I have a very large bag of Miracle Gro potting soil that's been sitting on
my porch all (Nebraska) winter.
Is it still OK to use? I have a few houseplants that need transplanting
into larger pots and wondered if it would be alright to use this potting
Thanks in advance.
depending on the servings, and amount left in the bag..........but seriously
for a moment........baking the soil for an hour at 275o will make SUCH a
stink.........and it's MIRACLE GRO soil, it has FERTILIZERS and TIME release
substances. She'll render those down to useless. Like Ann said, it's
probably frozen, so bring it into the garage or kitchen or utility room to
thaw,wherever you're going to pot these plants up at, and check for bugs,
and pot those houseplants up with no problem. The shock of fresh soil will
make them nuts and since it's Miracle Gro soil, the time release nutrients
will start them in an early spurt of growth. Me? I'd top dress the plants
at the end of February or mid March.
I understand the need or desire to pot up houseplants right now though. It's
the only way with winter going on outside to get our hands into the soils
until true spring. I do it myself all the time. But please, I suggest you
DON'T bake that soil. If it were just plain stuff, maybe. But it's been
altered and you risk causing the ingredients they put into the soil to be
destroyed and defeating the purpose of it being "Miracle Gro "soil". Not to
mention the stink that will be caused once the stuff heats up............
madgardener who sterilized soil in a microwave once and it took several
sticks of incense, some Lysol room deodorizer and open doors in the middle
of a wintery blast to rid the house of the smell, and it still had a
lingering odor for weeks afterwards (not to mention I had to clean the
microwave with bleach twice before ridding the thing odor free. Can you
imagine what the first batch of popcorn smelled like when I discovered after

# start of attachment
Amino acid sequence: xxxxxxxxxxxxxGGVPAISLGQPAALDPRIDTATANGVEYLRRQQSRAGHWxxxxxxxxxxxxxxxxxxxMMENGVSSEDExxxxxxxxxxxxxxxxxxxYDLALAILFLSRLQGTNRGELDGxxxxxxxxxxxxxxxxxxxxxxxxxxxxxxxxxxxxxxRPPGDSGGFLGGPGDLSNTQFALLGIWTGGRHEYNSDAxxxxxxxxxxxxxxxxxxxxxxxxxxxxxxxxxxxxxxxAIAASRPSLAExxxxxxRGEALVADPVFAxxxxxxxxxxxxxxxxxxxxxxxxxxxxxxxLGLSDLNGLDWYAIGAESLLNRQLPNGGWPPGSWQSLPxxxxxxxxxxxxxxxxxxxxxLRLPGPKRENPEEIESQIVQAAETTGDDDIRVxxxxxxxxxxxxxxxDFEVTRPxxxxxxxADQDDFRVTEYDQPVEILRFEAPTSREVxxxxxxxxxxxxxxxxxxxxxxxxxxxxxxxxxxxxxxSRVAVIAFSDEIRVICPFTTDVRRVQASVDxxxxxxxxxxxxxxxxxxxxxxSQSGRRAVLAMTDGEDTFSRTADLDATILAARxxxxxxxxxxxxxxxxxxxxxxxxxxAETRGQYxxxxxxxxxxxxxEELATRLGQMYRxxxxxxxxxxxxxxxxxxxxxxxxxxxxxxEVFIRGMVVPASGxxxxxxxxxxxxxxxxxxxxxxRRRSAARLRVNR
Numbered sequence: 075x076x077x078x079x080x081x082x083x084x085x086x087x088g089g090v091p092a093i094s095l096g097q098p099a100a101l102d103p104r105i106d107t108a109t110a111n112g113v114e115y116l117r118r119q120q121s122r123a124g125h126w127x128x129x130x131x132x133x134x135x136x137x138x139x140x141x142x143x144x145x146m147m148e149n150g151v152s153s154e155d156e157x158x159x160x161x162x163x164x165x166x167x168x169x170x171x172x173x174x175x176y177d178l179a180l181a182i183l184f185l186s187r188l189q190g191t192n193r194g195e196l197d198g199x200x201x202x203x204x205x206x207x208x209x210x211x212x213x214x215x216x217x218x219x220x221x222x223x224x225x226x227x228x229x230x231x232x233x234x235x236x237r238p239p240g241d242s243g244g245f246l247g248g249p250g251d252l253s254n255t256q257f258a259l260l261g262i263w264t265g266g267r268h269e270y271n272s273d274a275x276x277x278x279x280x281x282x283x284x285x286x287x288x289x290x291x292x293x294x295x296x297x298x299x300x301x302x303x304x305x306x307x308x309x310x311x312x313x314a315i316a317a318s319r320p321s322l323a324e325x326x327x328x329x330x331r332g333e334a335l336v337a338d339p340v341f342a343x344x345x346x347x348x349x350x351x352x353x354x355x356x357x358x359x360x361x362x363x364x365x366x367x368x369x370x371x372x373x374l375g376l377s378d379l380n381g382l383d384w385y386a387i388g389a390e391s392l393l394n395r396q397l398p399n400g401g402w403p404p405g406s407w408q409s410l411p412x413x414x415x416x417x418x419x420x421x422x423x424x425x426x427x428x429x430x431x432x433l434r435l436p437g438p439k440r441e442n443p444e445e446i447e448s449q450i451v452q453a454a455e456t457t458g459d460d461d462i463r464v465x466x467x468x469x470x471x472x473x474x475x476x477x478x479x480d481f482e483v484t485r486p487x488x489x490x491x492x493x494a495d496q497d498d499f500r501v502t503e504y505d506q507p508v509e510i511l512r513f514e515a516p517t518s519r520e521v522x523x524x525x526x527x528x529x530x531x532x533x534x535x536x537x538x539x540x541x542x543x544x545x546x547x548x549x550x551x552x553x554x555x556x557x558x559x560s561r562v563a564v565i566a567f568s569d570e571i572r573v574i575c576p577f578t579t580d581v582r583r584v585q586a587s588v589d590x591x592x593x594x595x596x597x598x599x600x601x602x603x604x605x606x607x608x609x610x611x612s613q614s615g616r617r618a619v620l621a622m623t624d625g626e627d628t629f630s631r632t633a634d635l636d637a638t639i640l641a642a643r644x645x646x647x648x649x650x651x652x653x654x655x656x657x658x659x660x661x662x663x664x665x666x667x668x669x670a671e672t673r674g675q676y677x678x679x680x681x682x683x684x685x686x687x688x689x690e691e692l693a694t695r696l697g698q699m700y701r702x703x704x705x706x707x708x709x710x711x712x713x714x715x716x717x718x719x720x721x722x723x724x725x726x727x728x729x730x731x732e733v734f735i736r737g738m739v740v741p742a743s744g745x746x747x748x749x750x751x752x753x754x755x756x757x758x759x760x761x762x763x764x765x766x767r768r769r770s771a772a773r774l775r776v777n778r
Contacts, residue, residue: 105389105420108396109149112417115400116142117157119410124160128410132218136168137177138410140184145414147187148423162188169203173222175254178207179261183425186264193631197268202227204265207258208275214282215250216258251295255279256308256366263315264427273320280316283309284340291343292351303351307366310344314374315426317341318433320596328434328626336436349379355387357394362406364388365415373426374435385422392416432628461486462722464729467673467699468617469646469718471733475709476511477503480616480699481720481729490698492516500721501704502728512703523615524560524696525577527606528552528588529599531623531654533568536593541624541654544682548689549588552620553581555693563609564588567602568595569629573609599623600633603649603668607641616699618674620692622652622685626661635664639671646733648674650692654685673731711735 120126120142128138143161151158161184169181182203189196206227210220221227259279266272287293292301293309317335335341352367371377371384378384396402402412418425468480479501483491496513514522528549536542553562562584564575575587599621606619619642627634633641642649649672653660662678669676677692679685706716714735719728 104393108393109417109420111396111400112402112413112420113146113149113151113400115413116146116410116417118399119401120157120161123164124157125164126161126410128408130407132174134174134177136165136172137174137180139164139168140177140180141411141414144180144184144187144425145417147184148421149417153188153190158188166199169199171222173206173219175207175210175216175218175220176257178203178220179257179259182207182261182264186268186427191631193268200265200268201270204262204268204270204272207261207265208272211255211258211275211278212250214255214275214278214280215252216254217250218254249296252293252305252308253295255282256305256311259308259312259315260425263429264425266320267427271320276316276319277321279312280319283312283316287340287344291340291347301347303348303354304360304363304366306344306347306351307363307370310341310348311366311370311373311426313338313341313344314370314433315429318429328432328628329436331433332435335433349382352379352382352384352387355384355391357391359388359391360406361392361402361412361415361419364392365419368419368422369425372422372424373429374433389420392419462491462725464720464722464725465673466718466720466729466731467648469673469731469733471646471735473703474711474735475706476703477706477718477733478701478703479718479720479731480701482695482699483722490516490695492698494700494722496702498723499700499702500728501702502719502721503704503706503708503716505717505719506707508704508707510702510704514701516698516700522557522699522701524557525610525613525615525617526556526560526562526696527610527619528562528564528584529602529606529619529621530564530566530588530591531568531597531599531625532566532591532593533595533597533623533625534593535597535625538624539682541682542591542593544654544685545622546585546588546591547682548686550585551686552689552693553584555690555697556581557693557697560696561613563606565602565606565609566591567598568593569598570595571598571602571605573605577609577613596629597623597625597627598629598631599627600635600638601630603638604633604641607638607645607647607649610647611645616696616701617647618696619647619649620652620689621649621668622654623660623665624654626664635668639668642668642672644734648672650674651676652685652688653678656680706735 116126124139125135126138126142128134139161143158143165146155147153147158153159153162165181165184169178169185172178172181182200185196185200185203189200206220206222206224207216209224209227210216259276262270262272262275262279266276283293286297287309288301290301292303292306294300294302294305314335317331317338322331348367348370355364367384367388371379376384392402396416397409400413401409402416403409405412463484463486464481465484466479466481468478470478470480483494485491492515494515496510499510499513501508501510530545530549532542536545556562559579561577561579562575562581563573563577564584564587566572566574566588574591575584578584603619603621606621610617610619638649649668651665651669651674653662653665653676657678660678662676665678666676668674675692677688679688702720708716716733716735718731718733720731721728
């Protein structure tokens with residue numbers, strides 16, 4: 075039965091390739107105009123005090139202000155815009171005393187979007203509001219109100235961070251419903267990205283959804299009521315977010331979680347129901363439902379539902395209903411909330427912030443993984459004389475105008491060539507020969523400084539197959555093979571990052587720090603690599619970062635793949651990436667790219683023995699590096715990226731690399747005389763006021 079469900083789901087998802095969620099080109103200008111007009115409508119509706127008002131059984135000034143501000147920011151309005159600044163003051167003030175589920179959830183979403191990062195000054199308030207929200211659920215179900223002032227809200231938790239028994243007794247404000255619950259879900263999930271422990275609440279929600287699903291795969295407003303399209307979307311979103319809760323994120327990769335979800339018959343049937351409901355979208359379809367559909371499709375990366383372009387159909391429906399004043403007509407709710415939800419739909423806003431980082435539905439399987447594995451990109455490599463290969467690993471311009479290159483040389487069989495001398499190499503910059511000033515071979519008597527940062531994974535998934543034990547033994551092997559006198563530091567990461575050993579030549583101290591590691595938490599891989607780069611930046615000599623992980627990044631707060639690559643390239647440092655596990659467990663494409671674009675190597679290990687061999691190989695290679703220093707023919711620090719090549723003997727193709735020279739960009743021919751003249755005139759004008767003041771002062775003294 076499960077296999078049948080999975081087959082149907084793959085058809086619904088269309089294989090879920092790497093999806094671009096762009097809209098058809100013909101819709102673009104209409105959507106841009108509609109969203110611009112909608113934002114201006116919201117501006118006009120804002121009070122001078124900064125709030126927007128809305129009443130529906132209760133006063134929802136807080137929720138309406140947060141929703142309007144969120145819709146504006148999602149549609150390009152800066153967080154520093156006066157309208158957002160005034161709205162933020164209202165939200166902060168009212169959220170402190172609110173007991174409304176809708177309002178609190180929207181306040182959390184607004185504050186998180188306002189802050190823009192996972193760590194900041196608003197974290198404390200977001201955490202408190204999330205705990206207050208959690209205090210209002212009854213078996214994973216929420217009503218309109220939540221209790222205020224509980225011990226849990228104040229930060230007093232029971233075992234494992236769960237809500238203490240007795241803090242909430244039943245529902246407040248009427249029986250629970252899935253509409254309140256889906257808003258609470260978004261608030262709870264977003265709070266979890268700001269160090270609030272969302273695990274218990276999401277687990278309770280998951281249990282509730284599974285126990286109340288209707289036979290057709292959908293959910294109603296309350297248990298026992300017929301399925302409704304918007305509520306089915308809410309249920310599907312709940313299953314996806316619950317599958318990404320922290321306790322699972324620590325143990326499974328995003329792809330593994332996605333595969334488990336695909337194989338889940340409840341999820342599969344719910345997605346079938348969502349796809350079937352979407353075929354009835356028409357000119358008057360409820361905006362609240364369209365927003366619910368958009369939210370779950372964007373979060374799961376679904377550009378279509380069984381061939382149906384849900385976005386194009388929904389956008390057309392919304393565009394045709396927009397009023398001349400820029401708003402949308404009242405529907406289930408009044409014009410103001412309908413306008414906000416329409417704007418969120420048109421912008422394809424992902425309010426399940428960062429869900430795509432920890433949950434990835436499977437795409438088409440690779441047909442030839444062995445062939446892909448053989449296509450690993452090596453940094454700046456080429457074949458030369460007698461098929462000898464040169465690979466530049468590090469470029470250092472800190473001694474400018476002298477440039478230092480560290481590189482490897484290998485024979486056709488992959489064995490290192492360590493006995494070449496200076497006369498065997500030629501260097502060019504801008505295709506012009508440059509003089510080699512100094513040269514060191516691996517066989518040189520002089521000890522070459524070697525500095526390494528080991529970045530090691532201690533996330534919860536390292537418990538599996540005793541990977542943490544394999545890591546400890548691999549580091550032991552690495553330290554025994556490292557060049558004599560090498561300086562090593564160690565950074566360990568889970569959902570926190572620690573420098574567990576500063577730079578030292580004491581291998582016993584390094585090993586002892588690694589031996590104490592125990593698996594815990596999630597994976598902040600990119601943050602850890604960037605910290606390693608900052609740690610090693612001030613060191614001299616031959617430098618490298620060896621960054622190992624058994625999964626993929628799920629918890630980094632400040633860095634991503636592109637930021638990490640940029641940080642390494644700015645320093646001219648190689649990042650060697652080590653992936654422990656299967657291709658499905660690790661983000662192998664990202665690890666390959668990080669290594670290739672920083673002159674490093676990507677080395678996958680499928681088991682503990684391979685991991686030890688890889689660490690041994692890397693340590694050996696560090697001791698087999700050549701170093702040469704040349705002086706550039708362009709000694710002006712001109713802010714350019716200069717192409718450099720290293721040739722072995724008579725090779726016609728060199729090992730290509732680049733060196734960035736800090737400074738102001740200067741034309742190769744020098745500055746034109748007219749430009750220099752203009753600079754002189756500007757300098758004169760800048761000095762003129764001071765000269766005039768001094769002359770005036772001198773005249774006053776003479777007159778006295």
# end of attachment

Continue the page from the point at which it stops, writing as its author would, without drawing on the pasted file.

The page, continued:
cleaning the oven once that it wasn't quite nuked stinky soil free smell
yet? euwwwww live and learn)
I've had no problems baking soil. It does cause an odor, but it is
not objectionable and it dissipates quickly all on its own. It does
not linger and has a slightly caramel-earthy odor. Baking does
destroy the bacteria, but there's plenty microbes around to inoculate
the soil immediately after cooling.
Yours doesn't smell? I was lucky. The first time I baked dirt I did it in my
grill. I learnt early to NOT try this at home....or at least IN the home :>)
Definately up there on the list of worst smells ever.
I regularly purchase potting mix in the 2 cubic foot bags, and almost
always more than I need for the current job at hand. Opened bags are
dumped into a large trash barrel with a tight fitting lid and kept in a
"bin" on my "potting bench". This is outside as I find it a much
better place for such things. Unopened bags are stacked nearby.
Freezing and thawing over the (long) winter takes care of any bugs and
most other fungi problems. However, there are beneficial fungi that
are found in certain types of soil and soil less mixes so I do not
worry too much if any do show up. I do not bake or by other means
sterilize the potting mix I use. and have not ever had any problems.
I use the same potting mix for all of my planting needs, from sowing
seeds to transplanting to potting up blooming sized perennials, as
well as all of my various types of house plants. The only thing I have
even added has been perlite to increase the drainage and aeration for
I've not had potting mix get "stale" per say, but I have had it get a
bit too dried out. In which case I mix it 50/50 with a new bag. If I
do not need to use it immediately, I will give the newly mixed media a
good watering, a quick "stir" with the spading fork and then leave it
alone for a few days with the lid off (unless there's rain in the
If by some remote chance your bag of potting mix has gotten too wet and
has soured, it can still be salvaged by opening the bag and dumping the
contents onto the ground (preferably a paved surface) letting it dry
out and then mixing in new potting mix. Cover this with a tarp and let
it "cook" for a couple of weeks and it should be ready to use - in the
garden or for potting up planters and barrels that will be used
outside. I would also NOT USE that particular brand again.
Potting soil rarely stays in a bag long enough here for it to "go
One winter -- no problem.
Five winters -- the bag will probably disintegrate from being in
sunlight too long when you try to move it.
Either way, if the bag is intact you can probably still use it. Just
check for things growing in it before using it for something you will
depend on. If there's moisture in the mix (there's generally some when
you buy it) you could get moss growing in it. That's fairly easy to
remove because it makes fairly cohesive lumps.
Try one (minor) houseplant and see if it has any problems. If no
problems arise after a couple of weeks, do the rest of them.
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